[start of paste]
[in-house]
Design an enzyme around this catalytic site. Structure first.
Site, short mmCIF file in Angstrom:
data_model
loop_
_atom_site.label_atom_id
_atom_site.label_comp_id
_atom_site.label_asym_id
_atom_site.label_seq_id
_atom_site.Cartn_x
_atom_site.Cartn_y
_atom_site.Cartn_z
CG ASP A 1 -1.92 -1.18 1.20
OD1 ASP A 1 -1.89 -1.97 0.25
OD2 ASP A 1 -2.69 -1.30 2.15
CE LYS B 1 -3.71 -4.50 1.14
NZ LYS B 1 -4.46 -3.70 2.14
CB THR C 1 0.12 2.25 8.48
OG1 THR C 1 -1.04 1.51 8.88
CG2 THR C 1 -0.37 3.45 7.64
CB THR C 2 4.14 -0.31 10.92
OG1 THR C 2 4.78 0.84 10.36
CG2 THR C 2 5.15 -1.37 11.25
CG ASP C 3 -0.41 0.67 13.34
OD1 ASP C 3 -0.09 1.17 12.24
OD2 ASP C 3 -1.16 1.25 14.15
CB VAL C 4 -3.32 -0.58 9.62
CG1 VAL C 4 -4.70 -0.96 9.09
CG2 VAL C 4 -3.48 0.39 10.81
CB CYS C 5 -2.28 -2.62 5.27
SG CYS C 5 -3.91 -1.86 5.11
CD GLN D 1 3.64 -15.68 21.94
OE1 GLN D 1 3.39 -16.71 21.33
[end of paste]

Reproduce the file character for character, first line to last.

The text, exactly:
[in-house]
Design an enzyme around this catalytic site. Structure first.
Site, short mmCIF file in Angstrom:
data_model
loop_
_atom_site.label_atom_id
_atom_site.label_comp_id
_atom_site.label_asym_id
_atom_site.label_seq_id
_atom_site.Cartn_x
_atom_site.Cartn_y
_atom_site.Cartn_z
CG ASP A 1 -1.92 -1.18 1.20
OD1 ASP A 1 -1.89 -1.97 0.25
OD2 ASP A 1 -2.69 -1.30 2.15
CE LYS B 1 -3.71 -4.50 1.14
NZ LYS B 1 -4.46 -3.70 2.14
CB THR C 1 0.12 2.25 8.48
OG1 THR C 1 -1.04 1.51 8.88
CG2 THR C 1 -0.37 3.45 7.64
CB THR C 2 4.14 -0.31 10.92
OG1 THR C 2 4.78 0.84 10.36
CG2 THR C 2 5.15 -1.37 11.25
CG ASP C 3 -0.41 0.67 13.34
OD1 ASP C 3 -0.09 1.17 12.24
OD2 ASP C 3 -1.16 1.25 14.15
CB VAL C 4 -3.32 -0.58 9.62
CG1 VAL C 4 -4.70 -0.96 9.09
CG2 VAL C 4 -3.48 0.39 10.81
CB CYS C 5 -2.28 -2.62 5.27
SG CYS C 5 -3.91 -1.86 5.11
CD GLN D 1 3.64 -15.68 21.94
OE1 GLN D 1 3.39 -16.71 21.33